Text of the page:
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Lumley Street Loftus

Another early view of Loftus; the are of Loftus known to many of the older generation as ‘The Brickyard’; being close to the original brick production yard near the Mars Inn (originally Mars Farmhouse). The style of dress of the young lads lounging against the window of number 1, give and idea of the date.

Image courtesy of a supporter of the Archive.

Cliff Crescent Loftus

An early view of Cliff Crescent, Loftus; this view of the Crescent will be familiar to all who travel through Loftus after ascending Loftus bank. The pony and trap on the incorrect side of the road gives an idea of how light the traffic flow would be at the time this postcard view was a good start. Such an activity today, discounting the vehicles kerbside parked would be a recipe for disaster.

Image courtesy of a supporter of the Archive.

Former Chapel on West Road

A view of the J. P. Brown’s garage on West Road, Loftus; many years later to be Charlie Stokoe’s garage. Originally the Bible Christian Chapel from the 1890’s into the 20th century.
Image courtesy of the Pem Holliday Collection.

Deepdale Woods Loftus

Bearing the Loftus Council Crest this delightful view of two young ladies presumably in their best outfits on a walk. They would cause quite a stir if seen today!

Image courtesy of Joyce Dobson and Keith Bowers.

West Road Loftus 1904

A Bruce postcard view of West Road, Loftus post marked 1904; prior to the building on the south side by George Hebditch, note the still un-metaled road and the casual attitude to possible traffic by the onlookers. No. 26 West Road is the fourth house down in the second block of houses on the right hand side of this image; next door to the present day dentist’s at no. 27. Norman Patton advised: ” I have a birth certificate for my Mother’s Auntie Alice May Hicks who was born in No 26 in 1895. According to the 1891 census, her parents were already living at 26 West Road where they were the first residents. They had lived at 2 Westfield Terrace at the previous census in 1881 so we have the decade in which those houses were completed!”

Image courtesy of Ann Wedgewood and Keith Bowers, thanks to Norman Patton for the update.

Laying The Foundations

A further image of the foundation stone laying of the West End Chapel. Another T. C. Booth postcard of the ill-fated chapel, which in 1927 had to be demolished following the bank top slippage. It was then rebuilt on Deepdale Road.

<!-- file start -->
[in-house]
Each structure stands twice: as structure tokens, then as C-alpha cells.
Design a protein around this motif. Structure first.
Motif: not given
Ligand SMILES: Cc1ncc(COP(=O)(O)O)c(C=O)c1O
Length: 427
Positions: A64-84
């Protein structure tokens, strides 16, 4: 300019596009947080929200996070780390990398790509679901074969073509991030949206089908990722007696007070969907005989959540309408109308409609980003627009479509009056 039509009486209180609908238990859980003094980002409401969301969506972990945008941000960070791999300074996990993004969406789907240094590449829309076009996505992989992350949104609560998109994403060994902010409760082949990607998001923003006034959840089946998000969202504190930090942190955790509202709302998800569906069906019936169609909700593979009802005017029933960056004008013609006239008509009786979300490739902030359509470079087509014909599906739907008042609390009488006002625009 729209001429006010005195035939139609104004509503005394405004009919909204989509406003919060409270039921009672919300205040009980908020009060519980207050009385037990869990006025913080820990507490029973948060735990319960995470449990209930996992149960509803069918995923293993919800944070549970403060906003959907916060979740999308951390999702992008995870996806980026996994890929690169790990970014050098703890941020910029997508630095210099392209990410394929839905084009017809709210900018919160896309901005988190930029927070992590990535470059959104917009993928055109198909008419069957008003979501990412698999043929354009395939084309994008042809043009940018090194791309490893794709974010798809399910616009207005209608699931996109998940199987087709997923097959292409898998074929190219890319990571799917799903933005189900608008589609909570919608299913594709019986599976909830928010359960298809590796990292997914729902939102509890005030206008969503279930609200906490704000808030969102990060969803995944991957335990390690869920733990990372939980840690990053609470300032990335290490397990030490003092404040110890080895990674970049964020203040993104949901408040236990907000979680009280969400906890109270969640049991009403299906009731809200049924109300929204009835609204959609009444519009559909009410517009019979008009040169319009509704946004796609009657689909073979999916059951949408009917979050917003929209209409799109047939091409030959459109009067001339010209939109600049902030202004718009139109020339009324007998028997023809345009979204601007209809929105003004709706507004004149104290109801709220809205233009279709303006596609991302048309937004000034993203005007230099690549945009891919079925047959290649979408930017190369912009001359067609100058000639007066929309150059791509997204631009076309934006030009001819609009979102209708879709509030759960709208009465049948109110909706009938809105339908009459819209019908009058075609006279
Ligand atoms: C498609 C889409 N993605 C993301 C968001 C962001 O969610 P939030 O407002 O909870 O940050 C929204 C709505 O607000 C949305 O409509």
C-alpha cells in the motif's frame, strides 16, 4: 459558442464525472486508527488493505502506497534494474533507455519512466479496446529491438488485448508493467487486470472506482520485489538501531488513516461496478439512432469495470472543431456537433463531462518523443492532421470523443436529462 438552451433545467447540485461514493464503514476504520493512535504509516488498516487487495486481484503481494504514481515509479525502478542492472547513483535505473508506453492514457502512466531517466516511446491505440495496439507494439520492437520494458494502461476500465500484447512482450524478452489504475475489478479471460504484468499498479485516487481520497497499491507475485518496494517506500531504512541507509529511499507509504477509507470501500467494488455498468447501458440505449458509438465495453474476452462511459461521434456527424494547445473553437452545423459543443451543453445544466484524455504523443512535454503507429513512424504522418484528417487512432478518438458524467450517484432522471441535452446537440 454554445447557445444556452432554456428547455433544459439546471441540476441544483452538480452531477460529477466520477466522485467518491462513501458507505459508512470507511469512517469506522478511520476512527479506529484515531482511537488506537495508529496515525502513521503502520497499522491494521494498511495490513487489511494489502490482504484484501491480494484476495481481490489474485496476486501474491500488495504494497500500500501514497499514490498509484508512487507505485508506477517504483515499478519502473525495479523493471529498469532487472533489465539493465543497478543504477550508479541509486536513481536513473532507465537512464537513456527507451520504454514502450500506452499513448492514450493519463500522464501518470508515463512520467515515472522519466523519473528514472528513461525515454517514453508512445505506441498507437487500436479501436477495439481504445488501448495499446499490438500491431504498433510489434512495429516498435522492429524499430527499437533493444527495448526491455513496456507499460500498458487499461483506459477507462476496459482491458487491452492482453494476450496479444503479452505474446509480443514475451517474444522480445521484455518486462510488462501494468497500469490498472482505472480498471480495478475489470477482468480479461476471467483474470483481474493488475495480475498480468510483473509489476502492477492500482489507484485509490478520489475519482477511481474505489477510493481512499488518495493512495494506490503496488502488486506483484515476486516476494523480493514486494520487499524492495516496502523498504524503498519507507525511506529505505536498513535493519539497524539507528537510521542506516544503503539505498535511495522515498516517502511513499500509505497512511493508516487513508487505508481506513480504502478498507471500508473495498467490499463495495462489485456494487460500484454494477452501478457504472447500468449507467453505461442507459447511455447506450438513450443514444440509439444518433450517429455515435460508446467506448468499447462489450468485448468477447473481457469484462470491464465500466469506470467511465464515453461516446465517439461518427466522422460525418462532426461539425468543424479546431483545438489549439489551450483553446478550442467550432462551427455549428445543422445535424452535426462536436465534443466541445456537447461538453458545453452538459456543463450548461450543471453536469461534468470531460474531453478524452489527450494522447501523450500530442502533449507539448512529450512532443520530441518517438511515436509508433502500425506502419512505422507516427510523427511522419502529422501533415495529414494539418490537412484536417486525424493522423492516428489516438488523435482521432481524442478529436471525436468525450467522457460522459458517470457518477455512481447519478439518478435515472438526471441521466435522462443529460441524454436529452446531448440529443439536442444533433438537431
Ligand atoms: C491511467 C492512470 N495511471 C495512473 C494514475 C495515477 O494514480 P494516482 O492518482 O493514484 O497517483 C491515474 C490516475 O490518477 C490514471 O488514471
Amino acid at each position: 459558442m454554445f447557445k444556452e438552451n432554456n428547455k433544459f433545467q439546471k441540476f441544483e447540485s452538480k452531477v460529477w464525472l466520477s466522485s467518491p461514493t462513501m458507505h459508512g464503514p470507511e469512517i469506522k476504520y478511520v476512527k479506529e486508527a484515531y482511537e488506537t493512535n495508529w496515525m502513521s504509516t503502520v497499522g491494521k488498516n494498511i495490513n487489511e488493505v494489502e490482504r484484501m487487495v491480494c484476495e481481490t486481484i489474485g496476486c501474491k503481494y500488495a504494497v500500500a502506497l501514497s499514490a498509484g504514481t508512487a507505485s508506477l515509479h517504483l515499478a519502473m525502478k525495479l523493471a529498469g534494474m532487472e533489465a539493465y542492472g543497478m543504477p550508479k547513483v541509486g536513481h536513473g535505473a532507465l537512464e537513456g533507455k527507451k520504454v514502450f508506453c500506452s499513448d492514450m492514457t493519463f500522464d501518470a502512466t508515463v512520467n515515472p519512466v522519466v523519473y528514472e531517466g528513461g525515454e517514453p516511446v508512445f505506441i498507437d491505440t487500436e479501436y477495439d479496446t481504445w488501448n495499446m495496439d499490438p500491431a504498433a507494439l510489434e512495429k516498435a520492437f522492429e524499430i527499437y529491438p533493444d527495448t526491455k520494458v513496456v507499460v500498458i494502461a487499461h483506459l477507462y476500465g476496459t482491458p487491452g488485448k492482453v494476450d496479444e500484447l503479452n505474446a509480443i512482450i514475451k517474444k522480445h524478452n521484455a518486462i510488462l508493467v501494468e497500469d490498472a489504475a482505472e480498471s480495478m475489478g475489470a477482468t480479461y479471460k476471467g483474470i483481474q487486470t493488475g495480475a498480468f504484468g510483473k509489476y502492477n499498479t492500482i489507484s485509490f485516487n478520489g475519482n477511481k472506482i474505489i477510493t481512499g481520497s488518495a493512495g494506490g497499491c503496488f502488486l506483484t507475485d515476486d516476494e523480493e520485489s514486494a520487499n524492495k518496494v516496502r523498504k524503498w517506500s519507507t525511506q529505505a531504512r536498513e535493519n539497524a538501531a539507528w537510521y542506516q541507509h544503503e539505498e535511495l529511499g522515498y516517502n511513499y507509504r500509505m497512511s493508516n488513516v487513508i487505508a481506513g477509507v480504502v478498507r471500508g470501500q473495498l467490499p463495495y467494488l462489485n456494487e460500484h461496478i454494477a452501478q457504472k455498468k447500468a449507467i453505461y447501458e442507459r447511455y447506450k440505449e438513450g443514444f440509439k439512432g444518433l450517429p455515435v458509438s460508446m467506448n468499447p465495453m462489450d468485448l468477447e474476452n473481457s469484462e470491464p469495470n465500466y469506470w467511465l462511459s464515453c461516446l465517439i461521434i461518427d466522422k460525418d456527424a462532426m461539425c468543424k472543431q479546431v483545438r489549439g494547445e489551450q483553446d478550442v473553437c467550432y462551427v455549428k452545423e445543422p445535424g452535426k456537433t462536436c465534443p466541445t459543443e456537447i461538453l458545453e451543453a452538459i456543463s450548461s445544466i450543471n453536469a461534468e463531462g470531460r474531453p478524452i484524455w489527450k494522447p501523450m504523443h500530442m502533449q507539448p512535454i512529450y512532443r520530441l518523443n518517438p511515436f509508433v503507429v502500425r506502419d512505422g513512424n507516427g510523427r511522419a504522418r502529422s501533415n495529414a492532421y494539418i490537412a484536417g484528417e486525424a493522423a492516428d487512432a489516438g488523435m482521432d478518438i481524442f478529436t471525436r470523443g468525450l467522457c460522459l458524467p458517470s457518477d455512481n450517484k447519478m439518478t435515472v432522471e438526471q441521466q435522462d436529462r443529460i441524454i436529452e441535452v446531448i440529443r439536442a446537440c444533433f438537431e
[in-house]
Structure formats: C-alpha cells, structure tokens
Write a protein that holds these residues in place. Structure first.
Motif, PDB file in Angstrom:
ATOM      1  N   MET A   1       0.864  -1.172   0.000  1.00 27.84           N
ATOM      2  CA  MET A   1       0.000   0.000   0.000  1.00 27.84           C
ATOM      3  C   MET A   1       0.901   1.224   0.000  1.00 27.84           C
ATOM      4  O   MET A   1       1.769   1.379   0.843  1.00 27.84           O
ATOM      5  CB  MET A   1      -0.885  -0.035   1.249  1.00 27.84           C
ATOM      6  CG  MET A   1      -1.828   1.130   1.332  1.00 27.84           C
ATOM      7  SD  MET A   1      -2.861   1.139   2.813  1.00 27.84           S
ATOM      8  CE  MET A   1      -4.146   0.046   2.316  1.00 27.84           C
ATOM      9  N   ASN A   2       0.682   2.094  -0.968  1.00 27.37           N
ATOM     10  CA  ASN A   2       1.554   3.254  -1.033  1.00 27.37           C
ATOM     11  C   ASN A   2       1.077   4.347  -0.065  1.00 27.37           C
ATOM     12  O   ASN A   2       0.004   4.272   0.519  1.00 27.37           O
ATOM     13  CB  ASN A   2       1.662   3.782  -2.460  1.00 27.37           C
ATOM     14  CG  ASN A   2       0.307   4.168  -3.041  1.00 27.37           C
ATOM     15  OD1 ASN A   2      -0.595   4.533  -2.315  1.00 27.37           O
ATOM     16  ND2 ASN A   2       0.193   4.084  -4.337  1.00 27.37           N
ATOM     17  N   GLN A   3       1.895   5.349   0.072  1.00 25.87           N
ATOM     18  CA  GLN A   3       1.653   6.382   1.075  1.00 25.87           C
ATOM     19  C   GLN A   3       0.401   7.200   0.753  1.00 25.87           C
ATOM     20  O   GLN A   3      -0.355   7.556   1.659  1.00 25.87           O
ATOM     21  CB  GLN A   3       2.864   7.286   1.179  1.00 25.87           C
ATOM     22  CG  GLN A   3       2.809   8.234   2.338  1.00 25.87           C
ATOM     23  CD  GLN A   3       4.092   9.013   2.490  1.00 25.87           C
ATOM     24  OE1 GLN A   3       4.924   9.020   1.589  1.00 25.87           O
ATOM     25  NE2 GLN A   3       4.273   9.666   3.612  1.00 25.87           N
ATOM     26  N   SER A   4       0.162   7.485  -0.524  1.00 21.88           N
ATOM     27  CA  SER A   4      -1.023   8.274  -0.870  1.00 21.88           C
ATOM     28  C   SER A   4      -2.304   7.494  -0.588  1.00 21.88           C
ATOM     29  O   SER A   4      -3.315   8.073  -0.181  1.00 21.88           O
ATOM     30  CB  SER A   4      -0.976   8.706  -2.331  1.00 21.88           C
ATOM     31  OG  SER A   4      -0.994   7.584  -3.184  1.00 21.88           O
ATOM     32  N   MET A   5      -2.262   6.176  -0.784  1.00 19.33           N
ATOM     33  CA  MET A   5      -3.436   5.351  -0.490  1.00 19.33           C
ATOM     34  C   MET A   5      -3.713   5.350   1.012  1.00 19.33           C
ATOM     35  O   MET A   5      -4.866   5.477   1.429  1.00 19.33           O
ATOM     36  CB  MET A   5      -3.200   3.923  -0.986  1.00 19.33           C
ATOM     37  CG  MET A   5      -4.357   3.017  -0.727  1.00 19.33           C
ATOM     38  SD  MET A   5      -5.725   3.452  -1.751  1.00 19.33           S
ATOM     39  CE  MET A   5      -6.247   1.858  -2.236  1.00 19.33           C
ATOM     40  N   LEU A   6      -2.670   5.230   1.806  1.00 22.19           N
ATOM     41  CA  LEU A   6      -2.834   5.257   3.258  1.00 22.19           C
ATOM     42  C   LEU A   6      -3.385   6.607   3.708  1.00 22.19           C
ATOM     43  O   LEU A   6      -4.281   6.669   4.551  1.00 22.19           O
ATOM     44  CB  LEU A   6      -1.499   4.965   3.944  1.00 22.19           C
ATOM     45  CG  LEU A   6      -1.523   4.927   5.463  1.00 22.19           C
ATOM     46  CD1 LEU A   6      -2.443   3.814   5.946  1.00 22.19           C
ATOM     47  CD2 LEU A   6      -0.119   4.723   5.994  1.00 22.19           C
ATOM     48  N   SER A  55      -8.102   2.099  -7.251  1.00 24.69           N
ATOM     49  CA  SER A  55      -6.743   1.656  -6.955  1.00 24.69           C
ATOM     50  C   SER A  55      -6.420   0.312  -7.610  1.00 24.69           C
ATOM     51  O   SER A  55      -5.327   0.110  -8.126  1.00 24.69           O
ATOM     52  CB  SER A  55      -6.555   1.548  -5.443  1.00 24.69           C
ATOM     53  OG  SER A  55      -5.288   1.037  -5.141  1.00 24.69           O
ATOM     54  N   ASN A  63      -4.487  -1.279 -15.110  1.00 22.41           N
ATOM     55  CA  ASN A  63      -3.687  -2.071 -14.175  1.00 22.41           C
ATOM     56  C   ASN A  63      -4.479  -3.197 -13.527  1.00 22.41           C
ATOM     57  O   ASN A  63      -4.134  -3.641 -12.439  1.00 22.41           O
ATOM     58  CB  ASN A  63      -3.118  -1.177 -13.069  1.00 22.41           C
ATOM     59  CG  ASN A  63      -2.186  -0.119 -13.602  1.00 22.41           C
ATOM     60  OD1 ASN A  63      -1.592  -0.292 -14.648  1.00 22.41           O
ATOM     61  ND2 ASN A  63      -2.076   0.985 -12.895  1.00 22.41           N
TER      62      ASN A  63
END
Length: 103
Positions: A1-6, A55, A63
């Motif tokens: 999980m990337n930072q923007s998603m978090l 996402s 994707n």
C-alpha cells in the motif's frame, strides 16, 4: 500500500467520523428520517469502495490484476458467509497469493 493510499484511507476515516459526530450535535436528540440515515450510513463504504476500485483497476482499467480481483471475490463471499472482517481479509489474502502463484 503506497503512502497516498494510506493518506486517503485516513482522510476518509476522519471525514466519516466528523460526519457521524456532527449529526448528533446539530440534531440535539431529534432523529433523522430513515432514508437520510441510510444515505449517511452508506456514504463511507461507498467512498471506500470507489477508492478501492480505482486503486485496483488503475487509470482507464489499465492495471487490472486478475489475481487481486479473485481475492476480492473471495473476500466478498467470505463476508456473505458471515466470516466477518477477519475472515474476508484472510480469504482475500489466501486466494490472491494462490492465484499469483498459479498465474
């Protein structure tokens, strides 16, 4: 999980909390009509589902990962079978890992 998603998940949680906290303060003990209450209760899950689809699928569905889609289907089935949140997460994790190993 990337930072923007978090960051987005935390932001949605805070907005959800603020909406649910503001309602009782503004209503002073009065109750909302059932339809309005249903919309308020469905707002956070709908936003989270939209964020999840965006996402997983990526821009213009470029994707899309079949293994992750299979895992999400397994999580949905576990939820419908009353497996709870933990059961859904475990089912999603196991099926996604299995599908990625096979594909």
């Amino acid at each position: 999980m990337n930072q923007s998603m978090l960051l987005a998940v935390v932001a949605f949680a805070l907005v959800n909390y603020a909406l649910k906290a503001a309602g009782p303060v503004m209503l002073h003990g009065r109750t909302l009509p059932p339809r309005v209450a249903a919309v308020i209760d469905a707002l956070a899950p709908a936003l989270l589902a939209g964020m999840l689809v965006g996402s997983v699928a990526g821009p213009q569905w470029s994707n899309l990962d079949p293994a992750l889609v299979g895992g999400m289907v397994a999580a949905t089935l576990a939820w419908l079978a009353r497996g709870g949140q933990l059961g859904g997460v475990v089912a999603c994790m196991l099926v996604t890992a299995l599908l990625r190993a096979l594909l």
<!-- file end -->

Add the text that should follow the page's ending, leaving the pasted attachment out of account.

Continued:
Image courtesy of Margaret and Michael Garbutt.

Official Opening

The official opening of the ill-fated West End Chapel of Loftus in September 1911. Following a landslip at the top of Loftus bank on 27th September 1927, the chapel had to be demolished owing to being unsafe. Well attended, gentlemen not only suited and booted; even top hats can be seen amidst the bowlers and straw boaters. Whilst the ladies are in floral dresses and equally well hatted! The banding in the brickwork of the chapel is of a similar style to that of the Congregational church at the end of Westfield Terrace.

Image courtesy of Margaret and Michael Garbutt.

Bank Top Chapel

Primitive Methodist Chapel and school at Mill bank top, Loftus. This fine building had a short life; it was destroyed in a landslip in 1927. There are images elsewhere on the Archive of the aftermath of the slip. Adam Cuthbert commented: “Never seen a photograph of this before. It looks like this is where the park is now at top of the hill? Are there any photographs of the petrol station that was on the other side of the road?”

Image courtesy of Pat Bennison, thanks to Adam Cuthbert for the update.

Zetland Foundry

Zetland Foundry, Loftus; initially owned by Robinson Brothers, then Tinsley & Sons and now used by Brough & Horner (proprietor Steve Whitlock). Still connected with iron working, this image taken about 30 years ago, over looking the allotment, the owner had a fine crop of potatoes that year. Margaret Atkinson adds: “My uncle used this in the 1950s, I remember helping him to bundle kindling; hated the job but that’s what family was about.”

Image Eric Johnson, thanks to Margaret Atkinson for that update.

Loftus – an Aerial View

An aerial view of Loftus taken as part of the works to rectify the slippage on Loftus bank,

Image courtesy of Keith Ferry.